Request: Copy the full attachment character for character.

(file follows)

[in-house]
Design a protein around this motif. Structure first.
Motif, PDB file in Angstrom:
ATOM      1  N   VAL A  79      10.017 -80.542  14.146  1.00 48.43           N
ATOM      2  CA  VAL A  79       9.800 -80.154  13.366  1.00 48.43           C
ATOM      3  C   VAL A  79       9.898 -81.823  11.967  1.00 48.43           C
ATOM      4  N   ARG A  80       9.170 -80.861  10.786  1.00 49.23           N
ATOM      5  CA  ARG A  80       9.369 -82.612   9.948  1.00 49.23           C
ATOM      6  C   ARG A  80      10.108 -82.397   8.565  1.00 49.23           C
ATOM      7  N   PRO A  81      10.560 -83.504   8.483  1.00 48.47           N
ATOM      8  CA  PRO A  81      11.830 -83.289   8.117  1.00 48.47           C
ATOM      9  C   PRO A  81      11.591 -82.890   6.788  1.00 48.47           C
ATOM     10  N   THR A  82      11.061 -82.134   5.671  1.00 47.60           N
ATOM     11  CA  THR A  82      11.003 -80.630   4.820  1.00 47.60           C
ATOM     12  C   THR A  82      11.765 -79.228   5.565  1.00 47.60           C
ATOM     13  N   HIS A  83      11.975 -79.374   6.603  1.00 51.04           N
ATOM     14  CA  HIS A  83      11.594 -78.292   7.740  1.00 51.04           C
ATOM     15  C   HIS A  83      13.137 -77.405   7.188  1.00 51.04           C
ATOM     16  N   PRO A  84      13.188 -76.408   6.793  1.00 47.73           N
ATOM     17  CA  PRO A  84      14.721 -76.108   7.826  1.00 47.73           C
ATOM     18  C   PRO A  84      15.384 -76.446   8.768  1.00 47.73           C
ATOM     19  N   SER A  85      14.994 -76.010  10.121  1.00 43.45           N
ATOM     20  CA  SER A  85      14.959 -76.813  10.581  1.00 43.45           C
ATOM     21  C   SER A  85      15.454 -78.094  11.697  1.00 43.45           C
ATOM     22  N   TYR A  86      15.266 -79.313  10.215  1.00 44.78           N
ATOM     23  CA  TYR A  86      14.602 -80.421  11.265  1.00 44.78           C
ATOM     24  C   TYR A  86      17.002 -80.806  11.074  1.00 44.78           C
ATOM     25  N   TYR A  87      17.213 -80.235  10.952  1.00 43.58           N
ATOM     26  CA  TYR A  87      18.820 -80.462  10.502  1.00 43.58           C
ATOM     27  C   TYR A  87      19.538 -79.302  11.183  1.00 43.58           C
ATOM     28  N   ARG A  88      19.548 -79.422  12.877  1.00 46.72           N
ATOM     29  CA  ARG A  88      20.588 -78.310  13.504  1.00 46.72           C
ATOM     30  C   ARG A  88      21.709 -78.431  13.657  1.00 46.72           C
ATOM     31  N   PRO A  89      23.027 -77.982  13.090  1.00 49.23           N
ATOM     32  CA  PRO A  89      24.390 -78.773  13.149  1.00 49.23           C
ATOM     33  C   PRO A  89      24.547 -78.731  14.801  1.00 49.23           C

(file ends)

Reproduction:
[in-house]
Design a protein around this motif. Structure first.
Motif, PDB file in Angstrom:
ATOM      1  N   VAL A  79      10.017 -80.542  14.146  1.00 48.43           N
ATOM      2  CA  VAL A  79       9.800 -80.154  13.366  1.00 48.43           C
ATOM      3  C   VAL A  79       9.898 -81.823  11.967  1.00 48.43           C
ATOM      4  N   ARG A  80       9.170 -80.861  10.786  1.00 49.23           N
ATOM      5  CA  ARG A  80       9.369 -82.612   9.948  1.00 49.23           C
ATOM      6  C   ARG A  80      10.108 -82.397   8.565  1.00 49.23           C
ATOM      7  N   PRO A  81      10.560 -83.504   8.483  1.00 48.47           N
ATOM      8  CA  PRO A  81      11.830 -83.289   8.117  1.00 48.47           C
ATOM      9  C   PRO A  81      11.591 -82.890   6.788  1.00 48.47           C
ATOM     10  N   THR A  82      11.061 -82.134   5.671  1.00 47.60           N
ATOM     11  CA  THR A  82      11.003 -80.630   4.820  1.00 47.60           C
ATOM     12  C   THR A  82      11.765 -79.228   5.565  1.00 47.60           C
ATOM     13  N   HIS A  83      11.975 -79.374   6.603  1.00 51.04           N
ATOM     14  CA  HIS A  83      11.594 -78.292   7.740  1.00 51.04           C
ATOM     15  C   HIS A  83      13.137 -77.405   7.188  1.00 51.04           C
ATOM     16  N   PRO A  84      13.188 -76.408   6.793  1.00 47.73           N
ATOM     17  CA  PRO A  84      14.721 -76.108   7.826  1.00 47.73           C
ATOM     18  C   PRO A  84      15.384 -76.446   8.768  1.00 47.73           C
ATOM     19  N   SER A  85      14.994 -76.010  10.121  1.00 43.45           N
ATOM     20  CA  SER A  85      14.959 -76.813  10.581  1.00 43.45           C
ATOM     21  C   SER A  85      15.454 -78.094  11.697  1.00 43.45           C
ATOM     22  N   TYR A  86      15.266 -79.313  10.215  1.00 44.78           N
ATOM     23  CA  TYR A  86      14.602 -80.421  11.265  1.00 44.78           C
ATOM     24  C   TYR A  86      17.002 -80.806  11.074  1.00 44.78           C
ATOM     25  N   TYR A  87      17.213 -80.235  10.952  1.00 43.58           N
ATOM     26  CA  TYR A  87      18.820 -80.462  10.502  1.00 43.58           C
ATOM     27  C   TYR A  87      19.538 -79.302  11.183  1.00 43.58           C
ATOM     28  N   ARG A  88      19.548 -79.422  12.877  1.00 46.72           N
ATOM     29  CA  ARG A  88      20.588 -78.310  13.504  1.00 46.72           C
ATOM     30  C   ARG A  88      21.709 -78.431  13.657  1.00 46.72           C
ATOM     31  N   PRO A  89      23.027 -77.982  13.090  1.00 49.23           N
ATOM     32  CA  PRO A  89      24.390 -78.773  13.149  1.00 49.23           C
ATOM     33  C   PRO A  89      24.547 -78.731  14.801  1.00 49.23           C